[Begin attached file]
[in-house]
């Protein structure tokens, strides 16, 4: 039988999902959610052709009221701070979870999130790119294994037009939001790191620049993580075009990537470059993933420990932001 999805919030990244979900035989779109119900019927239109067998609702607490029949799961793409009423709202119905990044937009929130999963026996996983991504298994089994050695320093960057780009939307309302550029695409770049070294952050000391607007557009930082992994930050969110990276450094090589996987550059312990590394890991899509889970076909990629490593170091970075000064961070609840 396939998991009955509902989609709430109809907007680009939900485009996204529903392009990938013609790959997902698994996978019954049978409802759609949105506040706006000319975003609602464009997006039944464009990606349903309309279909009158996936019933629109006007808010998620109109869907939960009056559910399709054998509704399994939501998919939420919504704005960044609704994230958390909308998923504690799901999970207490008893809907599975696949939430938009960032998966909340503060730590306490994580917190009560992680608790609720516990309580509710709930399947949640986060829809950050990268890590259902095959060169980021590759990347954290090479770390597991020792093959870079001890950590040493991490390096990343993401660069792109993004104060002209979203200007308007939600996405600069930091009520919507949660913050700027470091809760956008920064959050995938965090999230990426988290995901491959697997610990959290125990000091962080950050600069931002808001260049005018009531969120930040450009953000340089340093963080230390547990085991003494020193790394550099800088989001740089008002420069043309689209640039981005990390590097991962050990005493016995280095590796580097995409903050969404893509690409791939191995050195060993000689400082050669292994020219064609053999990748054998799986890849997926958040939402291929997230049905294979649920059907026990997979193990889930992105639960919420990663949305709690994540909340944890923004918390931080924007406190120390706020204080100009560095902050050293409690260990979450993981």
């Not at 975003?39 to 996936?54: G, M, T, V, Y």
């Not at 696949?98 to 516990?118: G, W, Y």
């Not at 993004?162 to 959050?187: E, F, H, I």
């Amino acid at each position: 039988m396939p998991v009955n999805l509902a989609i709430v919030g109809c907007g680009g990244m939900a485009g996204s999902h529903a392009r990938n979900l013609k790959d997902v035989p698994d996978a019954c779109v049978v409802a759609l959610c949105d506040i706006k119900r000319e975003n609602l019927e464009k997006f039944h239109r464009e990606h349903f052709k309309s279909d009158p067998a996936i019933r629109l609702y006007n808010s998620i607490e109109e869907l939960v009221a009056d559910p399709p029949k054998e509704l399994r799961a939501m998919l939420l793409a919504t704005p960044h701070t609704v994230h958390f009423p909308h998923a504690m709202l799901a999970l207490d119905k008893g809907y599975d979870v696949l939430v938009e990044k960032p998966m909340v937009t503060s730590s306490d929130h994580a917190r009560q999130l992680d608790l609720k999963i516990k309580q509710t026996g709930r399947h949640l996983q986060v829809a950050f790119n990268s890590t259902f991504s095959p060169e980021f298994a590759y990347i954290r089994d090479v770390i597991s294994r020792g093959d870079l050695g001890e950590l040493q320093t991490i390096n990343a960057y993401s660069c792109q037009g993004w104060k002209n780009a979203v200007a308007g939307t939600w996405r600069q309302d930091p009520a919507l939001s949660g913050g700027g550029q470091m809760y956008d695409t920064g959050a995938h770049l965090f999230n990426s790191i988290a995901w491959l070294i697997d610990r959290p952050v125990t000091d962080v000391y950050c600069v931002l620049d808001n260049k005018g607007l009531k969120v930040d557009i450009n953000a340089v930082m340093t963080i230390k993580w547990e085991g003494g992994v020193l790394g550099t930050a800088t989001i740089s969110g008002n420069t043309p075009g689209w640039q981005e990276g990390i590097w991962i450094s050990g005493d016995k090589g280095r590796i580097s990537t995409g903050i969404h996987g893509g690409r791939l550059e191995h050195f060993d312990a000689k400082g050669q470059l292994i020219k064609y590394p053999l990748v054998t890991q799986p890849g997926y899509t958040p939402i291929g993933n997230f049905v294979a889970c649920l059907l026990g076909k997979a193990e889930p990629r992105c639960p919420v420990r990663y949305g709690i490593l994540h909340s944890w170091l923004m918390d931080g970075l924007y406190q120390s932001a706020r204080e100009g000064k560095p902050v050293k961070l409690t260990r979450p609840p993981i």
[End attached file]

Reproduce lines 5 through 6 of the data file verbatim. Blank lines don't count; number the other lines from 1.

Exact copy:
């Not at 993004?162 to 959050?187: E, F, H, I």
């Amino acid at each position: 039988m396939p998991v009955n999805l509902a989609i709430v919030g109809c907007g680009g990244m939900a485009g996204s999902h529903a392009r990938n979900l013609k790959d997902v035989p698994d996978a019954c779109v049978v409802a759609l959610c949105d506040i706006k119900r000319e975003n609602l019927e464009k997006f039944h239109r464009e990606h349903f052709k309309s279909d009158p067998a996936i019933r629109l609702y006007n808010s998620i607490e109109e869907l939960v009221a009056d559910p399709p029949k054998e509704l399994r799961a939501m998919l939420l793409a919504t704005p960044h701070t609704v994230h958390f009423p909308h998923a504690m709202l799901a999970l207490d119905k008893g809907y599975d979870v696949l939430v938009e990044k960032p998966m909340v937009t503060s730590s306490d929130h994580a917190r009560q999130l992680d608790l609720k999963i516990k309580q509710t026996g709930r399947h949640l996983q986060v829809a950050f790119n990268s890590t259902f991504s095959p060169e980021f298994a590759y990347i954290r089994d090479v770390i597991s294994r020792g093959d870079l050695g001890e950590l040493q320093t991490i390096n990343a960057y993401s660069c792109q037009g993004w104060k002209n780009a979203v200007a308007g939307t939600w996405r600069q309302d930091p009520a919507l939001s949660g913050g700027g550029q470091m809760y956008d695409t920064g959050a995938h770049l965090f999230n990426s790191i988290a995901w491959l070294i697997d610990r959290p952050v125990t000091d962080v000391y950050c600069v931002l620049d808001n260049k005018g607007l009531k969120v930040d557009i450009n953000a340089v930082m340093t963080i230390k993580w547990e085991g003494g992994v020193l790394g550099t930050a800088t989001i740089s969110g008002n420069t043309p075009g689209w640039q981005e990276g990390i590097w991962i450094s050990g005493d016995k090589g280095r590796i580097s990537t995409g903050i969404h996987g893509g690409r791939l550059e191995h050195f060993d312990a000689k400082g050669q470059l292994i020219k064609y590394p053999l990748v054998t890991q799986p890849g997926y899509t958040p939402i291929g993933n997230f049905v294979a889970c649920l059907l026990g076909k997979a193990e889930p990629r992105c639960p919420v420990r990663y949305g709690i490593l994540h909340s944890w170091l923004m918390d931080g970075l924007y406190q120390s932001a706020r204080e100009g000064k560095p902050v050293k961070l409690t260990r979450p609840p993981i």